A Year: Day to Day Men: 4th of March, Solar Year 2018

Warmth of the Light

A preview by invitation of “Nosferatu”  premiered  on March 4, 1922 in the Marble Hall of the Berlin Zoological Garden.

The studio behind “Nosferatu”, Prana Film, was a short-lived silent-era German film studio founded in 1921 by Enrico Dieckmann and occultist-artist Albin Grau. Although the studio’s intent was to produce occult and supernatural themed films, “Nosferatu” was its only production. It declared bankruptcy in order to dodge copyright infringement suit from Bram Stoker’s widow Florence Balcombe.

Albin Grau had the idea to shoot a vampire film, the inspiration of which had risen from a war experience: in the winter of 1916, a Serbian farmer told him that his father was a vampire and one of the undead. Diekmann and Grau gave Henrik Galeen, a disciple of the German author Hanns Heinz Ewers, the task to write a screenplay inspired by Bram Stoker’s 1897 novel “Dracula”, despite Prana Film not having obtained the film rights.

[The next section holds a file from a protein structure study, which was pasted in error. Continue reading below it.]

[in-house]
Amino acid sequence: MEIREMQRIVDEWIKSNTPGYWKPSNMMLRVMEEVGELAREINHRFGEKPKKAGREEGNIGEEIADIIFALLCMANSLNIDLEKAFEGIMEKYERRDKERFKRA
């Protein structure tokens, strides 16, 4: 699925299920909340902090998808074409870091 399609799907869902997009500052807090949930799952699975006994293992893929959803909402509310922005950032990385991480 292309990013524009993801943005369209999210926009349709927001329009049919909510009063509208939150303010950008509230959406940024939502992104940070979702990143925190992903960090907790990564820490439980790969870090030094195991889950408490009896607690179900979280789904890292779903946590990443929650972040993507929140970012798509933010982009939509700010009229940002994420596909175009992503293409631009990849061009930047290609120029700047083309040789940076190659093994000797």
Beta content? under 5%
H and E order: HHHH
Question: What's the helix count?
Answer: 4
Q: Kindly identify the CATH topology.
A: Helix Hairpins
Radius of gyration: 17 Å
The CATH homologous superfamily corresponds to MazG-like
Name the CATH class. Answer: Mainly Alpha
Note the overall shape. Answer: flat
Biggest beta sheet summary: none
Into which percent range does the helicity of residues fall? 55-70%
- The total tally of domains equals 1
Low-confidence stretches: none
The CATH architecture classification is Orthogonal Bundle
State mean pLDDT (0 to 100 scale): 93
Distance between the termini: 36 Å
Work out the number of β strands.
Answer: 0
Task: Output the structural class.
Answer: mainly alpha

For cost reasons, cameraman Fritz Arno Wagner only had one camera available, and therefore there was only one original negative. Murnau, the director, followed Galeen’s screenplay carefully, following handwritten instructions on camera positioning, lighting, and related matters. Nevertheless, the director completely rewrote 12 pages of the script, as Galeen’s text was missing from the director’s working script.

This concerned the last scene of the film, in which Ellen sacrifices herself and the vampire dies in the first rays of the Sun. Murnau prepared carefully; there were sketches that were to correspond exactly to each filmed scene, and he used a metronome to control the pace of the acting.

The film was praised for its visual style; Murnau’s nature shots were praised as “mood-creating elements”. However, the Bram Stoker estate, acting for his widow, won the copyright infringement case against Prana Film Company. The court ordered all existing prints of “Nosferatu” burned, but one purported print of the film had already been distributed around the world. This print was duplicated over the years, kept alive by a cult following of viewers, making it an early example of a cult film. The film is regarded as one of the most foreboding and influential horror films in the history of cinema- a classic.

Leave a Reply